Are We There yet?
We present and encourage progressive Caribbean views of Caribbean and world affairs.
|Caribbean Nations Flags|
In a movie, involving a family trip, one of the children kept asking: Are we there yet? We see the Caribbean as one nation but we are aware of the deep idiosyncrasies of our individual island states. We recognize the void of leadership; the betrayal by our intellectuals; the current attempts to marginalize the trade union movement. We suggest that the current hopelessness that is enveloping the region can be traced to our collective failure to engineer and embrace models of development designed to propel us into a new era of prosperity.
However, it is obvious that as the current economic crisis deepens, the underlying mental realities of our past and the injection of self doubt and mistrust that were the results of slavery and colonialism remain psychological threats to our true independence. Unless we find ways to arrest these negatives within our psyche, we are afraid that the Caribbean is some distance from being a vibrant entity on the global stage.
Our research confirms that many of our most brilliant minds opt to remain in anonymity inside the region or self imposed exile in what is called the Diaspora. The half century of considerable brain drain has effectively robbed the region of much needed intellectual capacity. We are engaging ourselves in pseudo intellectualism hoping that the magic of words and the regurgitating of eighteenth century economics theory will save us. We are turning a blind eye as the rich get richer and the poor get poorer. Apologists are identifying our progress in terms of gains made via independence and generic development in health, education and housing. They are refusing to admit that most of those gains were before the information highway and the current international monetary crisis engineered by greed and graft in Washington, London and other so-called developed countries.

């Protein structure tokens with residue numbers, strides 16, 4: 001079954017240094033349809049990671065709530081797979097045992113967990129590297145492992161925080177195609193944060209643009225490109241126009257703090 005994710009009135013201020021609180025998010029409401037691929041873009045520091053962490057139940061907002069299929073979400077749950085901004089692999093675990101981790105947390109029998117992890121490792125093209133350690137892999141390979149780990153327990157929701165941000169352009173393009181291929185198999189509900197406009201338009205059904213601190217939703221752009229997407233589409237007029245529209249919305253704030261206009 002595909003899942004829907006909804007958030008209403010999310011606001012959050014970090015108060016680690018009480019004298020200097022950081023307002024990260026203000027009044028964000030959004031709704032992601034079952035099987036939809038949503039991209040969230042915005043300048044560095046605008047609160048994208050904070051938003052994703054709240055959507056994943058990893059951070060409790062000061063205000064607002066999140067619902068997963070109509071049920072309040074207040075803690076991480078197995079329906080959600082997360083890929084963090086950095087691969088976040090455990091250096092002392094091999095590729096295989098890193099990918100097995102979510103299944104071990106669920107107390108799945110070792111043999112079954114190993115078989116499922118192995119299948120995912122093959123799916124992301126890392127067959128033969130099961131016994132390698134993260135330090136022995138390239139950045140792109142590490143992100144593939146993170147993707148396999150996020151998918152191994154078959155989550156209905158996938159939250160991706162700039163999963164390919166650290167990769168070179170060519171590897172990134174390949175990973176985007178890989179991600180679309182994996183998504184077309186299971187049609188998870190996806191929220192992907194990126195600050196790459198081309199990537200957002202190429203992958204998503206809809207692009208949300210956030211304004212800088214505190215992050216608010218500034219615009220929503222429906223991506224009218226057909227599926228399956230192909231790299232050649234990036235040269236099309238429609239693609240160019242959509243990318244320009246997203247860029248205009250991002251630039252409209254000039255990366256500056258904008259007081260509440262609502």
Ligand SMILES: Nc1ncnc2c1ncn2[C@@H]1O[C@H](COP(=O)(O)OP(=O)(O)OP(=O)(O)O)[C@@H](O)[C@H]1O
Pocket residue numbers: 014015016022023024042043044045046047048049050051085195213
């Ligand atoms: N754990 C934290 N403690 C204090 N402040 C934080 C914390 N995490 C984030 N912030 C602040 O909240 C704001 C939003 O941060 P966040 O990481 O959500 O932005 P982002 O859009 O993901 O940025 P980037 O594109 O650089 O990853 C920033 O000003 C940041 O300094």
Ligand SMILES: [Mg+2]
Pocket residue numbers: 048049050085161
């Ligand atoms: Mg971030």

We are aware that we stand to hit reverse gear unless we confront the truth about unpopular positions on wealth distribution. Our region is now monopolized by no more than a dozen corporate entities that are pulling the strings of our politicians, who are nothing more, than mouth pieces and professionals seeking perks. In the midst of concrete evidence of racism and ethnic favoritism, they are those who brutally prey on the poor citizens brandishing them as lazy and inefficient. The dastardly intellectuals are joining forces with the corporate monopolists to further make our most vulnerable citizens become marginalized and irrelevant to the rapacious political corporate complex that has emerged since independence in the region.
Once this avaricious group gains momentum, the road trip would be longer with more obstacles.Fifty years from now , our children would still be asking : Are we there Yet? We cannot allow this to happen.